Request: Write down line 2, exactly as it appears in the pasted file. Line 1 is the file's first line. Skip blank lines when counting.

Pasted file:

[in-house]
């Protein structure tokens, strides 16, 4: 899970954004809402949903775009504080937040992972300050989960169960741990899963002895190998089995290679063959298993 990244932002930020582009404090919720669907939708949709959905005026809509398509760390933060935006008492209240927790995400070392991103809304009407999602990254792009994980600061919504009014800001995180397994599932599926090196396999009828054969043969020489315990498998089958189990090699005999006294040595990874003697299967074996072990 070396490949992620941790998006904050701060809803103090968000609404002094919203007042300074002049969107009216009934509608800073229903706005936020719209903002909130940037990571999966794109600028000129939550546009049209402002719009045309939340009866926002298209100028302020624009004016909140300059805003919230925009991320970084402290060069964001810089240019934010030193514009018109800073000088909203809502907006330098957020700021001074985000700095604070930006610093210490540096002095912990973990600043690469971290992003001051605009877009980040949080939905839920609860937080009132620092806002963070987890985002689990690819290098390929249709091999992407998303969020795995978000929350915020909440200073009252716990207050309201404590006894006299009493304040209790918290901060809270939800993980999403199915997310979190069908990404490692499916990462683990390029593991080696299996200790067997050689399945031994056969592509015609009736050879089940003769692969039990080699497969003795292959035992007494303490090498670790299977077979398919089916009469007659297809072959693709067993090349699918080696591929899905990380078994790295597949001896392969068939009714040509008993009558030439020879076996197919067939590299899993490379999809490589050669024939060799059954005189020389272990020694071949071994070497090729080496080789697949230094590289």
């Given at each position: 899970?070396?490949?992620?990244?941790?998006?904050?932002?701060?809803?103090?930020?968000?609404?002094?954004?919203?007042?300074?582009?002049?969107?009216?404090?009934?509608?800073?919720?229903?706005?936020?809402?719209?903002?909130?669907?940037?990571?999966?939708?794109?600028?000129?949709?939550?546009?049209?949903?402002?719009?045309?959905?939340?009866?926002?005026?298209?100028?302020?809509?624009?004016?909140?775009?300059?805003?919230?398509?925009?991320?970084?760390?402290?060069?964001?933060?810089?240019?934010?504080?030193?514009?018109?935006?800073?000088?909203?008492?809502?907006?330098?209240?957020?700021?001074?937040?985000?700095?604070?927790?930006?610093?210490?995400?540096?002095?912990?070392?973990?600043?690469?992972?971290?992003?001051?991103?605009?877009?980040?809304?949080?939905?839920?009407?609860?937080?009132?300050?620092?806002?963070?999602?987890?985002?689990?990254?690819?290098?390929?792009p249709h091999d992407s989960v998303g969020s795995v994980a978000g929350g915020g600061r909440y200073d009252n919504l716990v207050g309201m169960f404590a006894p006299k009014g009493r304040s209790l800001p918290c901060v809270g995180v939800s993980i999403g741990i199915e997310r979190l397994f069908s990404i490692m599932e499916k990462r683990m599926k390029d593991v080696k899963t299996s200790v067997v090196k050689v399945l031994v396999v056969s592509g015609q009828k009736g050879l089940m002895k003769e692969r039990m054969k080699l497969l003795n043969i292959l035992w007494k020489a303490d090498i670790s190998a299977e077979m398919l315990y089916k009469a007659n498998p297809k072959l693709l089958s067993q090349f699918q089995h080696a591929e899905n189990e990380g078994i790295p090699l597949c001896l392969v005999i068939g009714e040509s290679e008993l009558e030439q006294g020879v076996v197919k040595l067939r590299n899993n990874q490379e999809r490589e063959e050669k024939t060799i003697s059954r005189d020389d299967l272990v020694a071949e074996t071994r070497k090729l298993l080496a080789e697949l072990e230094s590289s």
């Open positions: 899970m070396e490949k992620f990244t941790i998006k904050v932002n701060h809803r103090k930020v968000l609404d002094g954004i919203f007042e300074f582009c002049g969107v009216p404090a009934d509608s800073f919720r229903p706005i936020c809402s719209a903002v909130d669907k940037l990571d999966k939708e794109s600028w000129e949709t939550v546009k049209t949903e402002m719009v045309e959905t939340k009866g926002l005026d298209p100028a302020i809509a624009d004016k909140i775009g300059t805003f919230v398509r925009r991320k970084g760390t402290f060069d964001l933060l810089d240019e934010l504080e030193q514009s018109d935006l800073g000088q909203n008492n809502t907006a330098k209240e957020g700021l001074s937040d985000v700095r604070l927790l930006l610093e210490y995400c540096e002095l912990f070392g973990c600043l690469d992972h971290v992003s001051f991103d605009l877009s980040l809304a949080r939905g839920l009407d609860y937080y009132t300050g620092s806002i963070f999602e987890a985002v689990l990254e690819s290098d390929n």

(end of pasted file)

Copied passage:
């Protein structure tokens, strides 16, 4: 899970954004809402949903775009504080937040992972300050989960169960741990899963002895190998089995290679063959298993 990244932002930020582009404090919720669907939708949709959905005026809509398509760390933060935006008492209240927790995400070392991103809304009407999602990254792009994980600061919504009014800001995180397994599932599926090196396999009828054969043969020489315990498998089958189990090699005999006294040595990874003697299967074996072990 070396490949992620941790998006904050701060809803103090968000609404002094919203007042300074002049969107009216009934509608800073229903706005936020719209903002909130940037990571999966794109600028000129939550546009049209402002719009045309939340009866926002298209100028302020624009004016909140300059805003919230925009991320970084402290060069964001810089240019934010030193514009018109800073000088909203809502907006330098957020700021001074985000700095604070930006610093210490540096002095912990973990600043690469971290992003001051605009877009980040949080939905839920609860937080009132620092806002963070987890985002689990690819290098390929249709091999992407998303969020795995978000929350915020909440200073009252716990207050309201404590006894006299009493304040209790918290901060809270939800993980999403199915997310979190069908990404490692499916990462683990390029593991080696299996200790067997050689399945031994056969592509015609009736050879089940003769692969039990080699497969003795292959035992007494303490090498670790299977077979398919089916009469007659297809072959693709067993090349699918080696591929899905990380078994790295597949001896392969068939009714040509008993009558030439020879076996197919067939590299899993490379999809490589050669024939060799059954005189020389272990020694071949071994070497090729080496080789697949230094590289």